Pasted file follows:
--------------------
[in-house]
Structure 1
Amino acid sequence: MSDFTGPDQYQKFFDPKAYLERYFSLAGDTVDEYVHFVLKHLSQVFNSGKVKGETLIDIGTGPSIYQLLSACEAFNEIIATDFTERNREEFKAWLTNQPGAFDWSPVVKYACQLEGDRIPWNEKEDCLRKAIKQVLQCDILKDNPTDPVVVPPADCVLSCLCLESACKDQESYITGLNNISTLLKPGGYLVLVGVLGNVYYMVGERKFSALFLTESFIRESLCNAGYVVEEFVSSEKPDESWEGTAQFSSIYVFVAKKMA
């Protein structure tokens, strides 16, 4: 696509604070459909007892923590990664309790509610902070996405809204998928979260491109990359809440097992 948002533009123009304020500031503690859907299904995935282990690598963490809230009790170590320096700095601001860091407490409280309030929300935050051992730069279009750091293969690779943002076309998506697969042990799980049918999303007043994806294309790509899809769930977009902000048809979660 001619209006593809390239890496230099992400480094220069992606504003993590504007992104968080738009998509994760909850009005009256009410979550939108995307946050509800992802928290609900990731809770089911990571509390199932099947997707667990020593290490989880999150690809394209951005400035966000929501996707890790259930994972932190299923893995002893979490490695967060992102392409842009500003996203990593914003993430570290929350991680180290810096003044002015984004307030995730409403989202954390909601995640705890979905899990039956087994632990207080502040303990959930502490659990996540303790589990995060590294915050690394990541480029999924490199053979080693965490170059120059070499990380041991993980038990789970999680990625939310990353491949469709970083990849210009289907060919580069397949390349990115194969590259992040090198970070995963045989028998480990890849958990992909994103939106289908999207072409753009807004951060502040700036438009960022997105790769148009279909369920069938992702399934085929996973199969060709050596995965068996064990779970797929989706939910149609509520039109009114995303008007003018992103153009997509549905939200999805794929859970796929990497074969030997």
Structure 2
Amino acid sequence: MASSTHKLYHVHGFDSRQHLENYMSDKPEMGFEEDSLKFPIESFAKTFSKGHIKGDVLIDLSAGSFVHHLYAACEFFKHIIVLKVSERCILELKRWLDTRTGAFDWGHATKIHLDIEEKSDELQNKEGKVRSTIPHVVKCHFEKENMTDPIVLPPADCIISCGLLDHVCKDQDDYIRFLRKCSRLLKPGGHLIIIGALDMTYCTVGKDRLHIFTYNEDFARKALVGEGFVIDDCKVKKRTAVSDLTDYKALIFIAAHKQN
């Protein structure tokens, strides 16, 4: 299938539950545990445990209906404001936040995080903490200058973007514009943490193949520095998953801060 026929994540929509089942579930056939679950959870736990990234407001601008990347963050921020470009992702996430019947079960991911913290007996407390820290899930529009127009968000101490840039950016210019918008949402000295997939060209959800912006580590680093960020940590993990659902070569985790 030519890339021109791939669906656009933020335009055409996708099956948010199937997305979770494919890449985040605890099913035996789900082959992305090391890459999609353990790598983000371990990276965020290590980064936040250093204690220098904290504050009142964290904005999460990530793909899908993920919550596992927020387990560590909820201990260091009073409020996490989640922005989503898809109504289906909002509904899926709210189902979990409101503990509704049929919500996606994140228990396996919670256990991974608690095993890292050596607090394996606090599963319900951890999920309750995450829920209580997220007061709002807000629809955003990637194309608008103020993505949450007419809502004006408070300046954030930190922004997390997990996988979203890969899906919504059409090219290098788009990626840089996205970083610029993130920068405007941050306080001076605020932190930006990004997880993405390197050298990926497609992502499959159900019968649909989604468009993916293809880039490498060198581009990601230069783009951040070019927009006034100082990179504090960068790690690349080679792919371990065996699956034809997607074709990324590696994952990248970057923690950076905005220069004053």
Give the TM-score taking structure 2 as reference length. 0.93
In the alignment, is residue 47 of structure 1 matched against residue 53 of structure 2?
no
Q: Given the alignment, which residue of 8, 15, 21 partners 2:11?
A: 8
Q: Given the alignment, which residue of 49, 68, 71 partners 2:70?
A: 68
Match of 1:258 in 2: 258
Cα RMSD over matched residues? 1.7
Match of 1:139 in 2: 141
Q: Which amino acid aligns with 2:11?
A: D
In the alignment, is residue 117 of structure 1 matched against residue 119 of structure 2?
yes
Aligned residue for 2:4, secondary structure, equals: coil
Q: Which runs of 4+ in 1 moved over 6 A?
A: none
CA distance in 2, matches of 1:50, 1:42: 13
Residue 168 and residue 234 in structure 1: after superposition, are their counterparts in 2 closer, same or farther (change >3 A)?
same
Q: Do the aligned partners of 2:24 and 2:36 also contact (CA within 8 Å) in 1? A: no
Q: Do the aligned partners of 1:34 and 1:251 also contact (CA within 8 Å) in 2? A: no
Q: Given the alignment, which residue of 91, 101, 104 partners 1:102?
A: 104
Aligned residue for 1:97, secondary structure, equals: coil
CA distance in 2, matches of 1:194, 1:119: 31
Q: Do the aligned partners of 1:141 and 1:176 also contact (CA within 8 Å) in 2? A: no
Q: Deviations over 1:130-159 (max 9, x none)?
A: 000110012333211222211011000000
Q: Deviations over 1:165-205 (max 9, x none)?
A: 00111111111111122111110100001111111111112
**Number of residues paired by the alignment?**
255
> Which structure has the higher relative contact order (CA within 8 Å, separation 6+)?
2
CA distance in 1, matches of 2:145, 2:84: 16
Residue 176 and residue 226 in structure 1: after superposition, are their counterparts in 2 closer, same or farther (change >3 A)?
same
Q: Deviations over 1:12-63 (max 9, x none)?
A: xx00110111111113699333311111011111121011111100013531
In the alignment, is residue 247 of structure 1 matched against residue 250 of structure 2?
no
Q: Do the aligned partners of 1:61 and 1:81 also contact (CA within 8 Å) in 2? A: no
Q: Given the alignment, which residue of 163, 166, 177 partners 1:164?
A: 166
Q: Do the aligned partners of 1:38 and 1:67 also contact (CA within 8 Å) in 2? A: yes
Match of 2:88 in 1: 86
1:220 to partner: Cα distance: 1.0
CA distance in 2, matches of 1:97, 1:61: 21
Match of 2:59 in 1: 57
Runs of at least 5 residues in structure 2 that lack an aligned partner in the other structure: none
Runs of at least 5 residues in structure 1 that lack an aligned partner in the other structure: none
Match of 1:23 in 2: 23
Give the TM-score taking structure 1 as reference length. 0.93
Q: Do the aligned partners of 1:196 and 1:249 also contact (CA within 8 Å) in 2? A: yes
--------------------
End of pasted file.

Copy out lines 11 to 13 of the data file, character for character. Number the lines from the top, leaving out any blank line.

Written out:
Q: Given the alignment, which residue of 8, 15, 21 partners 2:11?
A: 8
Q: Given the alignment, which residue of 49, 68, 71 partners 2:70?